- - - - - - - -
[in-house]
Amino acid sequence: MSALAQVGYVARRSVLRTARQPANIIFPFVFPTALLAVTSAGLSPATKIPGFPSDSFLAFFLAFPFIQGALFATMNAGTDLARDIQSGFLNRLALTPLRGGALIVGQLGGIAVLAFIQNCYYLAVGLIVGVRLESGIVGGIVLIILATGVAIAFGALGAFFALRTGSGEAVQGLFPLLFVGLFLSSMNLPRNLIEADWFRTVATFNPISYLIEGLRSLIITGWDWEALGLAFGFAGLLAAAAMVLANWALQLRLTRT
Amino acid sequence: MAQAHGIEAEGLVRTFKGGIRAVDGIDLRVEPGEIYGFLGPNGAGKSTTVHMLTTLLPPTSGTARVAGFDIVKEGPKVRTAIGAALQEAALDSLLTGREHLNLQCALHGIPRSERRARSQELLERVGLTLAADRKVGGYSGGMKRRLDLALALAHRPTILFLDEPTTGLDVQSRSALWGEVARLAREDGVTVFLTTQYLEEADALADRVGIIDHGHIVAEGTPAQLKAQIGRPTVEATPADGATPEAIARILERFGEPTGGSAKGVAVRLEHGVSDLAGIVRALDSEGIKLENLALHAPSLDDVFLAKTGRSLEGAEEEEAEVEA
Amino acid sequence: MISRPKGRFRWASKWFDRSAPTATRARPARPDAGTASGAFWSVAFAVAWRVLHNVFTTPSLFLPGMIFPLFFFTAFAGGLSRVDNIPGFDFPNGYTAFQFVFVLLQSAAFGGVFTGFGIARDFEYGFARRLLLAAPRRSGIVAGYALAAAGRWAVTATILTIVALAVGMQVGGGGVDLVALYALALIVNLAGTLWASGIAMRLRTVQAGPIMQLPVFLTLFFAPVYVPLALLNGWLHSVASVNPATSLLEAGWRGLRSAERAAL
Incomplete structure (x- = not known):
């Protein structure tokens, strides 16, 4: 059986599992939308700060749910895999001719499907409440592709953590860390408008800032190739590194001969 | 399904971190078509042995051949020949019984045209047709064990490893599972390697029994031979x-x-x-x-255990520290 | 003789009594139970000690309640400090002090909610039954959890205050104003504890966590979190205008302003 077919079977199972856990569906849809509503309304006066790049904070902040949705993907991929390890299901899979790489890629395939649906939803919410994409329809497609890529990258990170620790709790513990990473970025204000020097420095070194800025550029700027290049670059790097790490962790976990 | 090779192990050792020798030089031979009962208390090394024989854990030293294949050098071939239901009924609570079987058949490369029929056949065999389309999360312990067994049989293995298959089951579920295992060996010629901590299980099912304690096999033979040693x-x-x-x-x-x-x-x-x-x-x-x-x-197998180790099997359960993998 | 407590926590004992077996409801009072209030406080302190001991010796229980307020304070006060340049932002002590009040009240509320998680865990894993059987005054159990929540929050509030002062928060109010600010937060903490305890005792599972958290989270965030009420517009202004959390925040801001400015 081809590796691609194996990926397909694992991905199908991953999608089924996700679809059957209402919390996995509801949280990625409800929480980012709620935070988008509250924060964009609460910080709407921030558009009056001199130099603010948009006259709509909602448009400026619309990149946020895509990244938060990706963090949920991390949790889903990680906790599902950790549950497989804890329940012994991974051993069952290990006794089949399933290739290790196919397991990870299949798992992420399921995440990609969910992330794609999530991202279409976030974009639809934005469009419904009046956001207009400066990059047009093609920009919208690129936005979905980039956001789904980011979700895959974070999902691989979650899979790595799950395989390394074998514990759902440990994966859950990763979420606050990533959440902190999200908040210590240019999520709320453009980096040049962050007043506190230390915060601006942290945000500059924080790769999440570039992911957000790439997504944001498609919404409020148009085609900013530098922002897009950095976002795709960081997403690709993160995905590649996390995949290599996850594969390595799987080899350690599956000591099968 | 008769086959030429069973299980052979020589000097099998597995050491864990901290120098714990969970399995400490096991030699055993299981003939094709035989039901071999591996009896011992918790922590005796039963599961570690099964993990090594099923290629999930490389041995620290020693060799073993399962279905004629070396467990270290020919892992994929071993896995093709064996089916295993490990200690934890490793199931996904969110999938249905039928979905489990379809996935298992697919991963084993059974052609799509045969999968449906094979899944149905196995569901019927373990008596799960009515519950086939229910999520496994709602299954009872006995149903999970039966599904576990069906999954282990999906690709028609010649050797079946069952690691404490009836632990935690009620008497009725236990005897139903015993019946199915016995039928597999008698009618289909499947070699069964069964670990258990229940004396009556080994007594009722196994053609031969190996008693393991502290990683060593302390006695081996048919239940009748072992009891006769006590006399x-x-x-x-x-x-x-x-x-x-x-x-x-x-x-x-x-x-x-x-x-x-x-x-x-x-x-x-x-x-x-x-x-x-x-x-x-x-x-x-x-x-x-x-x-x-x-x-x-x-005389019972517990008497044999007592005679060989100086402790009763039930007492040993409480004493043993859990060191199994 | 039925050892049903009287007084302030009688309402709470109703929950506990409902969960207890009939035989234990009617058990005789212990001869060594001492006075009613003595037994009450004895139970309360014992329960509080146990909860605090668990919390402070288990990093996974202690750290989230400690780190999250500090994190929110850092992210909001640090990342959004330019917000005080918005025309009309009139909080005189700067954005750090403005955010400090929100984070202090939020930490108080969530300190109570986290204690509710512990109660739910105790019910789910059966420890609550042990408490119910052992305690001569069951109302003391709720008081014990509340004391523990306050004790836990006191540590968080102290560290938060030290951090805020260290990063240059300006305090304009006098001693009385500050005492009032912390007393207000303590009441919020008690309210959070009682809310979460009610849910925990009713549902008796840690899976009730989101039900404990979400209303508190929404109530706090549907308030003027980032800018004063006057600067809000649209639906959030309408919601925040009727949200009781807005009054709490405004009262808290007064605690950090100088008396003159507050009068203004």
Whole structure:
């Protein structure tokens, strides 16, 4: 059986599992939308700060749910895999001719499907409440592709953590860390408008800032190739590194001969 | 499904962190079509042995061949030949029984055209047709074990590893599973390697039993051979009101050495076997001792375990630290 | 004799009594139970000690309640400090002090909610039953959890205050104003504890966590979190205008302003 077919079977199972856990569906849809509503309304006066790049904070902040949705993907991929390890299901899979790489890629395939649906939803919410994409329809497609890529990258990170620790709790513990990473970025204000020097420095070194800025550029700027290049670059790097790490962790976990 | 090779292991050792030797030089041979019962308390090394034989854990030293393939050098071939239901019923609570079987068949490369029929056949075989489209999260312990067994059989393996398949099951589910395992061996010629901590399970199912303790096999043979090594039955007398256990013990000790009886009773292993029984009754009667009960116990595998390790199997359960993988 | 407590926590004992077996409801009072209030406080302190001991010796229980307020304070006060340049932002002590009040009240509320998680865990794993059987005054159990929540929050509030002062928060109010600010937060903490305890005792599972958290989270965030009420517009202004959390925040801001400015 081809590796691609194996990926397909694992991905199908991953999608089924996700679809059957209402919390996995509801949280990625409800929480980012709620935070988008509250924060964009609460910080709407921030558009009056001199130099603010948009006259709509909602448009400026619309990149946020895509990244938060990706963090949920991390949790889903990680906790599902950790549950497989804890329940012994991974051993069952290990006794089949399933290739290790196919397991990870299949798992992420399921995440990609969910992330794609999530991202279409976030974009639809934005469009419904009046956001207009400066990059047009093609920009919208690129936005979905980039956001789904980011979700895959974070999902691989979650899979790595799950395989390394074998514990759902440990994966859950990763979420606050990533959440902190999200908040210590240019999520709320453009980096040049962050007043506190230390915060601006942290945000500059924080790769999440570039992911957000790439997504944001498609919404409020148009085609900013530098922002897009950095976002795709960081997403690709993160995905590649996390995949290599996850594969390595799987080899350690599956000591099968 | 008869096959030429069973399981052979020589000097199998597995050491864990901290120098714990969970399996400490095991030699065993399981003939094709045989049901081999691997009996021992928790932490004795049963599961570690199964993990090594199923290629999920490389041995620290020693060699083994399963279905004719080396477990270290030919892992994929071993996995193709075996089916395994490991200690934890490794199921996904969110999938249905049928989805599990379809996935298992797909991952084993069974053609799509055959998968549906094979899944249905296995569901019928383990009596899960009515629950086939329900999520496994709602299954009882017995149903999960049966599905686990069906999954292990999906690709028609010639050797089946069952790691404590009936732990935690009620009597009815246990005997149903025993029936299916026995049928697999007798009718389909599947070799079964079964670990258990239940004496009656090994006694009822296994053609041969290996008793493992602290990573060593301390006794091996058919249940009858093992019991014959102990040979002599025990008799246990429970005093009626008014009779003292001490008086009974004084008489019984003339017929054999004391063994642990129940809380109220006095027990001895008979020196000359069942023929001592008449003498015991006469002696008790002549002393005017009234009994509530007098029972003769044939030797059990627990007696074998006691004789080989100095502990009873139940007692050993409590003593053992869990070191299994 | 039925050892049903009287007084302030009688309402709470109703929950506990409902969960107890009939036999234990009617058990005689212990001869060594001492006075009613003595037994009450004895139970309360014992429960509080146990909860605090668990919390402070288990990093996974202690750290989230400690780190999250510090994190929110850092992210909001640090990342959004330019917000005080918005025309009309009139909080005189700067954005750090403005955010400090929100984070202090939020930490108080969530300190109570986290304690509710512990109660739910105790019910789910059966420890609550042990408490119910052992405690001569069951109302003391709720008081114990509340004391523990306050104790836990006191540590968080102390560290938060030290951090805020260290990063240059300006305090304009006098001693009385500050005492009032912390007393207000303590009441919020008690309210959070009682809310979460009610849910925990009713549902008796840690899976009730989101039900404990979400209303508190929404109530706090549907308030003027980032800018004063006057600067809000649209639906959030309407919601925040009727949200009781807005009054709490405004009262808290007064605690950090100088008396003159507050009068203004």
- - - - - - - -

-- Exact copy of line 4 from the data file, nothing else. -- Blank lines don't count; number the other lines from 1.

Amino acid sequence: MISRPKGRFRWASKWFDRSAPTATRARPARPDAGTASGAFWSVAFAVAWRVLHNVFTTPSLFLPGMIFPLFFFTAFAGGLSRVDNIPGFDFPNGYTAFQFVFVLLQSAAFGGVFTGFGIARDFEYGFARRLLLAAPRRSGIVAGYALAAAGRWAVTATILTIVALAVGMQVGGGGVDLVALYALALIVNLAGTLWASGIAMRLRTVQAGPIMQLPVFLTLFFAPVYVPLALLNGWLHSVASVNPATSLLEAGWRGLRSAERAAL